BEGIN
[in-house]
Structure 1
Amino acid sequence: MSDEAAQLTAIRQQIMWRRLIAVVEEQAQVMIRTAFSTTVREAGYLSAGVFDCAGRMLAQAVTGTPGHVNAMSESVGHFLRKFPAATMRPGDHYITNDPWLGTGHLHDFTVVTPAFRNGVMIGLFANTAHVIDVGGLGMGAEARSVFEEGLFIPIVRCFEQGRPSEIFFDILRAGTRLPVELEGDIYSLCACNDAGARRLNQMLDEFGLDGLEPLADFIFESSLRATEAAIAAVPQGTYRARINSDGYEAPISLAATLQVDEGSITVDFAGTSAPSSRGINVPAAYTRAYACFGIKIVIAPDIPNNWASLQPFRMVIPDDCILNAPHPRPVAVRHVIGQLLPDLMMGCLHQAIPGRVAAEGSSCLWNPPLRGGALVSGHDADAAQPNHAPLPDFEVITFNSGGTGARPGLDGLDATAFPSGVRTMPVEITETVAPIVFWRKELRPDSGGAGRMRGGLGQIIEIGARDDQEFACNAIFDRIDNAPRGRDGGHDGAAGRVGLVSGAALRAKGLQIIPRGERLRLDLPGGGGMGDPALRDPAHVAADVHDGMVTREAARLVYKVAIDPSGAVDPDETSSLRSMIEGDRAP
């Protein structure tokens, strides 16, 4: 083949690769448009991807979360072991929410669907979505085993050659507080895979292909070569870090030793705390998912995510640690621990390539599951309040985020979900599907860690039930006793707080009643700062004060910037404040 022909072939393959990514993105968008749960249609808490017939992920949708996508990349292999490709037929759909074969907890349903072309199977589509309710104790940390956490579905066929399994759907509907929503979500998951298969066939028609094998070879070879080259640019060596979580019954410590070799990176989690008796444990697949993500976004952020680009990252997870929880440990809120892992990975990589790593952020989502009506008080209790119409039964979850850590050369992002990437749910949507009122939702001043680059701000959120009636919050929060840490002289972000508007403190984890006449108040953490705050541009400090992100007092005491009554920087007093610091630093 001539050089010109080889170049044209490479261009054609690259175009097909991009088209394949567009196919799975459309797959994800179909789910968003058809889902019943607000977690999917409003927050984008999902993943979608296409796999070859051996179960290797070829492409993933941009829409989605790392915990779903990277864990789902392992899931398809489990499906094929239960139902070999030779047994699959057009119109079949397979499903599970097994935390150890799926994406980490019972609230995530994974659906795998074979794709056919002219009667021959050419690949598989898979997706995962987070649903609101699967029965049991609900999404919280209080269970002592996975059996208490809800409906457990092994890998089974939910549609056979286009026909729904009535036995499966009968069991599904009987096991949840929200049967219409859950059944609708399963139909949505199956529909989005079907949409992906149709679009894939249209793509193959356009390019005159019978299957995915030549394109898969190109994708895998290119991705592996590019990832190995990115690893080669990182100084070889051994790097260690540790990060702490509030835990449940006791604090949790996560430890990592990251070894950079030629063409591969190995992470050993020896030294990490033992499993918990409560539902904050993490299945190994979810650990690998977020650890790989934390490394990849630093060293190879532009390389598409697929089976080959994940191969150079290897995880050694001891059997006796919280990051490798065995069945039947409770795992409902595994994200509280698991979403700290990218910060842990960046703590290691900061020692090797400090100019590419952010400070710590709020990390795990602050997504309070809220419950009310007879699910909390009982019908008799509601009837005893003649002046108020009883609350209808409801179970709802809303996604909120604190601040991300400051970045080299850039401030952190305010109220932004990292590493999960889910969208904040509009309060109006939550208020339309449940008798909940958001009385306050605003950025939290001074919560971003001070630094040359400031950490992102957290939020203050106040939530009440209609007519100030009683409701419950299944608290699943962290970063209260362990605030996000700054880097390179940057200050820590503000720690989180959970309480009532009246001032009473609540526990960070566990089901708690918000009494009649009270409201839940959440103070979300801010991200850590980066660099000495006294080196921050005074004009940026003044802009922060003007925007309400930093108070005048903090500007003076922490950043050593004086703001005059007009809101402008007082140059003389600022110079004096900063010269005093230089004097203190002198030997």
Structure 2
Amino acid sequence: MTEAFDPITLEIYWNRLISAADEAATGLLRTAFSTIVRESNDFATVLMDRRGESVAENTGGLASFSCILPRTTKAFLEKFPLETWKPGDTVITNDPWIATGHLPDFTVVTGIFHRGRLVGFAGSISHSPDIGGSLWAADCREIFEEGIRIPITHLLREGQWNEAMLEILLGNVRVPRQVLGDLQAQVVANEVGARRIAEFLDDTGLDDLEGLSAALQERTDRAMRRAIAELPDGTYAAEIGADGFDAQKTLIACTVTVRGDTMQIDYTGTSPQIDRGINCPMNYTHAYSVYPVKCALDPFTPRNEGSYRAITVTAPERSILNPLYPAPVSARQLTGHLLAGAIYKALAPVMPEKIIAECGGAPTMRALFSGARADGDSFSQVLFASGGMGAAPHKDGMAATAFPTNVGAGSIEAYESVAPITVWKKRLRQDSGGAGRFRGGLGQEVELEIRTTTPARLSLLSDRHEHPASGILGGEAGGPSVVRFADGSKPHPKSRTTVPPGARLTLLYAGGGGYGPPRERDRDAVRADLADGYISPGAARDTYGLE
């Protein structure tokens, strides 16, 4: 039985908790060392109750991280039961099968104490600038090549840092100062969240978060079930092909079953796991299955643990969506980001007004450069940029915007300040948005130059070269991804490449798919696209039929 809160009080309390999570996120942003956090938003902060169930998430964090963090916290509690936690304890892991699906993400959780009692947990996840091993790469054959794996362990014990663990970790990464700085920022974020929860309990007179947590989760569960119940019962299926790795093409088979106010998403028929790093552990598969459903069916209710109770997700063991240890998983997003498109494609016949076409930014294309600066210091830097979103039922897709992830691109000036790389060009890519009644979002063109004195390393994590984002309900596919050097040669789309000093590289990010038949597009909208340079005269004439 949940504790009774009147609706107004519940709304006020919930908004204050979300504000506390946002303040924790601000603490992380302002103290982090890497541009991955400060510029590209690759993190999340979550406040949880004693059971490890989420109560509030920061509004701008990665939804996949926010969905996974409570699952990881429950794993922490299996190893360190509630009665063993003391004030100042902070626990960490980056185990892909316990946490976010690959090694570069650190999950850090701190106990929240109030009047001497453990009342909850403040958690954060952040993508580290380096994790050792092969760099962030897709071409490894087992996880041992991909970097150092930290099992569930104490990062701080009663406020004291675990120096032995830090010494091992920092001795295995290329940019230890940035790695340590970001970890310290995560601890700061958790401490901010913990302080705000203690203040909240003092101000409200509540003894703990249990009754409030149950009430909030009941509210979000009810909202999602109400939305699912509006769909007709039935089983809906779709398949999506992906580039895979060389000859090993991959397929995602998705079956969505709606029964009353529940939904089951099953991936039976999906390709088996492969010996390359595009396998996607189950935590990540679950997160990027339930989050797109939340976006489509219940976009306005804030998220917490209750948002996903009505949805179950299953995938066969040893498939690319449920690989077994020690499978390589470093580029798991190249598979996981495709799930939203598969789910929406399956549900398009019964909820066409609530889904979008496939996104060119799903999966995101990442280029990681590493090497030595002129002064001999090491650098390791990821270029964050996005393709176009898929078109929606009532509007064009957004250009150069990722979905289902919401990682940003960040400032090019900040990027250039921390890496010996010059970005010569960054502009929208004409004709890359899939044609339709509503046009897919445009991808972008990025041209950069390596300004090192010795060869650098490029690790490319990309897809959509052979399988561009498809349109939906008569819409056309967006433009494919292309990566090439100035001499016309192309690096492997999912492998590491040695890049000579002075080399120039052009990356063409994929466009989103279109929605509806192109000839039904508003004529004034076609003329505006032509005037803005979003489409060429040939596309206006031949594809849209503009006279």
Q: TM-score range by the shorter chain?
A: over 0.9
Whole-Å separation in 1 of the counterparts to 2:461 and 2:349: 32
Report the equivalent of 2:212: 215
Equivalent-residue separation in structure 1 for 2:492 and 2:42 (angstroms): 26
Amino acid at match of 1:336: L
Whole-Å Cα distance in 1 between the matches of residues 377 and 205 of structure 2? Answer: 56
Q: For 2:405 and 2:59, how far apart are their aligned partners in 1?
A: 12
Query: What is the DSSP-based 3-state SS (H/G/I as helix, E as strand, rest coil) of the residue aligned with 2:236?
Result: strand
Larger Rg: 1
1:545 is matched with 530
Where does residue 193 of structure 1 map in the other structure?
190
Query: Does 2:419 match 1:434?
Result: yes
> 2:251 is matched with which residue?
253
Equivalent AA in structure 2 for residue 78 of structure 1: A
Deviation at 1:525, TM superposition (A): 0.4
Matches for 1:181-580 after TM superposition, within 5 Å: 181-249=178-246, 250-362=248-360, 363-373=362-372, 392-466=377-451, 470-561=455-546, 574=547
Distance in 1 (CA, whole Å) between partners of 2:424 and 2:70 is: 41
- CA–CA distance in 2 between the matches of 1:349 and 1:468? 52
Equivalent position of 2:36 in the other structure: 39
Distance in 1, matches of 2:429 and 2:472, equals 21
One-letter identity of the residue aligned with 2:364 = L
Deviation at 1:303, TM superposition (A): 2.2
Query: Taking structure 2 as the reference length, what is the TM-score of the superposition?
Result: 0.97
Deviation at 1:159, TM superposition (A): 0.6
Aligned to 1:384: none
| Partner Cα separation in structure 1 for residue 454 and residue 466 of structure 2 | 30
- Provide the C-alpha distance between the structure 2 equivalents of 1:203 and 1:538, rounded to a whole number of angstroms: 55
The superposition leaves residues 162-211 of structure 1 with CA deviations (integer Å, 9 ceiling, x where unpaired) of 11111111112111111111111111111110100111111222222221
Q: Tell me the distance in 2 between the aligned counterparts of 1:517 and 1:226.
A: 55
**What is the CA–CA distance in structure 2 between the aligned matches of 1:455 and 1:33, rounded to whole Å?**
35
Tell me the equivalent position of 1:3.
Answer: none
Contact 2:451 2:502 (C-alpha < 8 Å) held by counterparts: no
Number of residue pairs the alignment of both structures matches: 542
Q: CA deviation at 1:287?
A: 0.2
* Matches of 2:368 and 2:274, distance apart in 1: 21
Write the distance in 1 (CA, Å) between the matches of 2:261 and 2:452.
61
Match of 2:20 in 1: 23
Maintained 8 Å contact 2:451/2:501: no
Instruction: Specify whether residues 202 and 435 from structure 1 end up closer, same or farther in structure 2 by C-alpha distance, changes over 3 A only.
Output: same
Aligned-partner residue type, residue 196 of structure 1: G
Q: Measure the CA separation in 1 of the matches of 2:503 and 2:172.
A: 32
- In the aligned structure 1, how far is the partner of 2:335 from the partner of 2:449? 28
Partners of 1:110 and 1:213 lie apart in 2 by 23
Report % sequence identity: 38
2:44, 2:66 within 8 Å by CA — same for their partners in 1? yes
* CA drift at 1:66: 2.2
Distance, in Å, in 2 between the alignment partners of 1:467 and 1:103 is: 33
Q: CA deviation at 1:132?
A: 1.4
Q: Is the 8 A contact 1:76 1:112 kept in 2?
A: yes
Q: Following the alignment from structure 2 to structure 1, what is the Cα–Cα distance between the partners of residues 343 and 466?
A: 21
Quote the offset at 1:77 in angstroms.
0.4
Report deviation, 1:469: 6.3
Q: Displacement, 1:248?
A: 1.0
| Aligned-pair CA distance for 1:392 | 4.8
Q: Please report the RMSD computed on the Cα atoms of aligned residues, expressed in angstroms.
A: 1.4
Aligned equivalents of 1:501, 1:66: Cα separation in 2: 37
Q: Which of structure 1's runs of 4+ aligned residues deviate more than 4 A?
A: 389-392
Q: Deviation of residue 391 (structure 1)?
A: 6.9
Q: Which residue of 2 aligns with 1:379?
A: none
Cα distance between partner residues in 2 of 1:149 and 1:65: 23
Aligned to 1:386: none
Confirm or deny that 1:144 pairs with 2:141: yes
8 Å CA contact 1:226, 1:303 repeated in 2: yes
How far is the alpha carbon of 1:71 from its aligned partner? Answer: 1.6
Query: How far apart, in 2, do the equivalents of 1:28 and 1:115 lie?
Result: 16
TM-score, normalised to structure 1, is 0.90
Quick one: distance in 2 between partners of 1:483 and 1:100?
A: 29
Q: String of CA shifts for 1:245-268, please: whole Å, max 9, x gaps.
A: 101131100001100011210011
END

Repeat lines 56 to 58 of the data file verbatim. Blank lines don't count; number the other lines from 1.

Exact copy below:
Match of 2:20 in 1: 23
Maintained 8 Å contact 2:451/2:501: no
Instruction: Specify whether residues 202 and 435 from structure 1 end up closer, same or farther in structure 2 by C-alpha distance, changes over 3 A only.